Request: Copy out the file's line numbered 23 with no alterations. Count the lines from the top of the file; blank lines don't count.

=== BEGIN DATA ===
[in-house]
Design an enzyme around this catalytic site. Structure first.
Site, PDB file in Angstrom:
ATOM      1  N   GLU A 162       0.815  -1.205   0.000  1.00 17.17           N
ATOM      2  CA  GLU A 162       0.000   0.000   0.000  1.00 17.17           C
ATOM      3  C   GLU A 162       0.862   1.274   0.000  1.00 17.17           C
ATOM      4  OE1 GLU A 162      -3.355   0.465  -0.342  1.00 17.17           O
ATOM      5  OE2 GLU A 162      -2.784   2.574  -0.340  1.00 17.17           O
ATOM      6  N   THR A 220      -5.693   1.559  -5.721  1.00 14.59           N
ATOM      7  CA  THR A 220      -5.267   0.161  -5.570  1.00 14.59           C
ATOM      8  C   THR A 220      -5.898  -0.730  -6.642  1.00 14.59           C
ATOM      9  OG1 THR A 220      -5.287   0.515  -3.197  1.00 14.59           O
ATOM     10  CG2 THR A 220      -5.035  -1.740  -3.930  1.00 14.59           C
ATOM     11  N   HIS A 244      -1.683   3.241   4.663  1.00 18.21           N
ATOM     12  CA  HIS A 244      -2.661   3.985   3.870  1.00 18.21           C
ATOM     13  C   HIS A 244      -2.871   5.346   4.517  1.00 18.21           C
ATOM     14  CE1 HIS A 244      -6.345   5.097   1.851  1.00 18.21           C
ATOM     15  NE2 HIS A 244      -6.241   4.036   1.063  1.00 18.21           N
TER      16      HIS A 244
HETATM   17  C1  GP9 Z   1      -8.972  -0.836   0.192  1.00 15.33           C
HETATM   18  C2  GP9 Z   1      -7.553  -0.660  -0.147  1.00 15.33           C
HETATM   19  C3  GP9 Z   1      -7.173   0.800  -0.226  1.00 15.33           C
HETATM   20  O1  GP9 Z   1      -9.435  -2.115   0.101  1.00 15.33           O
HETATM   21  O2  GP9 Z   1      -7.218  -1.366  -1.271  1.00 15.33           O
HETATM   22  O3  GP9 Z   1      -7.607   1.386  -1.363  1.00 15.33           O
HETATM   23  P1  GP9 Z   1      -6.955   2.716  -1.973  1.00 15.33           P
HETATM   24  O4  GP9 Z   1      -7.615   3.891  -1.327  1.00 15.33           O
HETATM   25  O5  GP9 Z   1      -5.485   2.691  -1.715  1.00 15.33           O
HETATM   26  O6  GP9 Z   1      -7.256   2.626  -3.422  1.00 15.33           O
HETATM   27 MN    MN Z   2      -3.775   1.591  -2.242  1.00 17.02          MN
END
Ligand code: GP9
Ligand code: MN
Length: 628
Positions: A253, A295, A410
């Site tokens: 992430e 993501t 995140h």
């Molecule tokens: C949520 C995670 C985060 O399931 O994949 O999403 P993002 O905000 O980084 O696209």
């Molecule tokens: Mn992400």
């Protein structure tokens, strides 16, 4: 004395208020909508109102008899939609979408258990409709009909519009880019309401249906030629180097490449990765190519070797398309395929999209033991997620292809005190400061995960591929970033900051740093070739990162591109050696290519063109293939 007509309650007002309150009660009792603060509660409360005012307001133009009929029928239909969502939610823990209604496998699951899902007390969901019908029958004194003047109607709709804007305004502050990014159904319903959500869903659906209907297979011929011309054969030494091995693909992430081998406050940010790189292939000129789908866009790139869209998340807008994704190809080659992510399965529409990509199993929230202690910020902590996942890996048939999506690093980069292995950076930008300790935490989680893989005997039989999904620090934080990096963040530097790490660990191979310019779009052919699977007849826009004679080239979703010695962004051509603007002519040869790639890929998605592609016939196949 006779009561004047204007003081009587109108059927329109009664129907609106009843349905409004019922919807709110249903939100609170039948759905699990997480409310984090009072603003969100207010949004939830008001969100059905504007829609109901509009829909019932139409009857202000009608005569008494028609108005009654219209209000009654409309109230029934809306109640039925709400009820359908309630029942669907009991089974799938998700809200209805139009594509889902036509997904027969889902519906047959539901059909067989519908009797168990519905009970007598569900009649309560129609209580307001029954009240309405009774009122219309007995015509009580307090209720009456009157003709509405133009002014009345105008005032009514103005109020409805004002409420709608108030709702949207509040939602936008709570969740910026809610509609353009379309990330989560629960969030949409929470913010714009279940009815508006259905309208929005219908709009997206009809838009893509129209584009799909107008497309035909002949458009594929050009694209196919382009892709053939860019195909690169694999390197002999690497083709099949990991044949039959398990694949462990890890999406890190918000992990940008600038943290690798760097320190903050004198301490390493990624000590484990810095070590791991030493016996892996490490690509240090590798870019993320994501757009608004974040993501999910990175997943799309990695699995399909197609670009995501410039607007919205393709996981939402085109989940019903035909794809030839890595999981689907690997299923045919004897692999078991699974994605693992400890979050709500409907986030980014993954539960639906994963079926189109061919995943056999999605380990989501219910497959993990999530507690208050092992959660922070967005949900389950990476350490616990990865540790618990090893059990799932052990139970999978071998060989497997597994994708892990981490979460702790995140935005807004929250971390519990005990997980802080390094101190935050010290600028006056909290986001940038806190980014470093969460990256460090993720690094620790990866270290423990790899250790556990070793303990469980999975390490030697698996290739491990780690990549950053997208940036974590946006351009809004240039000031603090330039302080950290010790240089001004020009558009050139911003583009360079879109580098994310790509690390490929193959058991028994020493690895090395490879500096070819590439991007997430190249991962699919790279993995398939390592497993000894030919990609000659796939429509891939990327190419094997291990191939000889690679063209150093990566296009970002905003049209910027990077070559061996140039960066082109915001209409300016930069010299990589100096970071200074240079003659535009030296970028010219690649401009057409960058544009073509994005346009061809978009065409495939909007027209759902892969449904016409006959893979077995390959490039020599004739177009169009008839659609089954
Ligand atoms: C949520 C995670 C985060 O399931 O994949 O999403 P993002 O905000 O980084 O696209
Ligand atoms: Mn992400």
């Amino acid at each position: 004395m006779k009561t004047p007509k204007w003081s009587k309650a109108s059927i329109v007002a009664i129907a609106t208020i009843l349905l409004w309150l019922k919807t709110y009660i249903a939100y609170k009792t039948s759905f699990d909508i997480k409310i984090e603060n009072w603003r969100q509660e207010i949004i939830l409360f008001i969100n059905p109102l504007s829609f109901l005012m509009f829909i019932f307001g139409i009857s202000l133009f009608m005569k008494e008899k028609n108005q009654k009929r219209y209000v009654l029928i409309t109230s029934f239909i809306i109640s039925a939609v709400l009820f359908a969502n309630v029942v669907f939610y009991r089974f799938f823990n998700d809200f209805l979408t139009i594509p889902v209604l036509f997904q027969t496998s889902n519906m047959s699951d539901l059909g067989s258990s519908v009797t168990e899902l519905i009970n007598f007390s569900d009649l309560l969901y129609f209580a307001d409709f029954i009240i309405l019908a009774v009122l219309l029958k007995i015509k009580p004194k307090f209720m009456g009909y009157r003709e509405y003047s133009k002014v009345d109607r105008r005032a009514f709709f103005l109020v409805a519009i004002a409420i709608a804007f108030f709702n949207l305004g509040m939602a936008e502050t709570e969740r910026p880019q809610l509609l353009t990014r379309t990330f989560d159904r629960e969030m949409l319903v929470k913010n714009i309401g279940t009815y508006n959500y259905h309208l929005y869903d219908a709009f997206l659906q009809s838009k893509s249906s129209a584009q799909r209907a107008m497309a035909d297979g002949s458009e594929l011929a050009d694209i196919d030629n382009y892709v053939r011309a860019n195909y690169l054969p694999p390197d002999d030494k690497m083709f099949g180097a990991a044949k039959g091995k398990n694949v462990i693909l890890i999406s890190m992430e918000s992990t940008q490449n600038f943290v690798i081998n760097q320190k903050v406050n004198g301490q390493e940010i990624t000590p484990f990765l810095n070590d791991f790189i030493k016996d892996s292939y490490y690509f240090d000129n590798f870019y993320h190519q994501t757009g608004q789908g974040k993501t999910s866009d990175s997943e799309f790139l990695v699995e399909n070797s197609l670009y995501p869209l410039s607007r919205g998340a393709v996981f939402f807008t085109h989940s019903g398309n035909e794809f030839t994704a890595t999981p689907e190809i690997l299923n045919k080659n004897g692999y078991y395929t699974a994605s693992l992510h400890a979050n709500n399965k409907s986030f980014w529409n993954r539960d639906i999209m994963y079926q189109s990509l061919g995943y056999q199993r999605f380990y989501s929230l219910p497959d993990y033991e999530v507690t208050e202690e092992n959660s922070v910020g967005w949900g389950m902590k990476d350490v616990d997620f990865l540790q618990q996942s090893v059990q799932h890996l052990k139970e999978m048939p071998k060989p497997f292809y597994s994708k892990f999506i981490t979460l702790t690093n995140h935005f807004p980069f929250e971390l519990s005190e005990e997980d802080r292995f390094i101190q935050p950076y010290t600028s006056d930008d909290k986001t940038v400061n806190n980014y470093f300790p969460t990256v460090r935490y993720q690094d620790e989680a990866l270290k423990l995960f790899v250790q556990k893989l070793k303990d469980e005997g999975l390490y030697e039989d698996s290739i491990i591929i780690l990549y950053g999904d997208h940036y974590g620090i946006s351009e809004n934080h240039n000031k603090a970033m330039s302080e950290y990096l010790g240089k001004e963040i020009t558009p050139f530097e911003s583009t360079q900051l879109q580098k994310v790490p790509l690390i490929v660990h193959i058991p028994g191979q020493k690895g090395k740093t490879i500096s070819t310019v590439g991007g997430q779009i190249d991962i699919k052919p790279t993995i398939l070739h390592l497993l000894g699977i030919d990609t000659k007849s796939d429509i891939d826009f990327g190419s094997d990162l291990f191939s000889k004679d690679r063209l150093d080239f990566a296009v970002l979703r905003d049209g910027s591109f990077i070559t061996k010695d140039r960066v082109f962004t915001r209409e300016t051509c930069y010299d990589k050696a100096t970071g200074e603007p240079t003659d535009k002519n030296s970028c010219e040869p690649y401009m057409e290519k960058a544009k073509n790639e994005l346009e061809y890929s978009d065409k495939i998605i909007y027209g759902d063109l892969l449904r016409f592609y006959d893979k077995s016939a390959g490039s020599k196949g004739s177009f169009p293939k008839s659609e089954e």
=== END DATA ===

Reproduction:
HETATM   20  O1  GP9 Z   1      -9.435  -2.115   0.101  1.00 15.33           O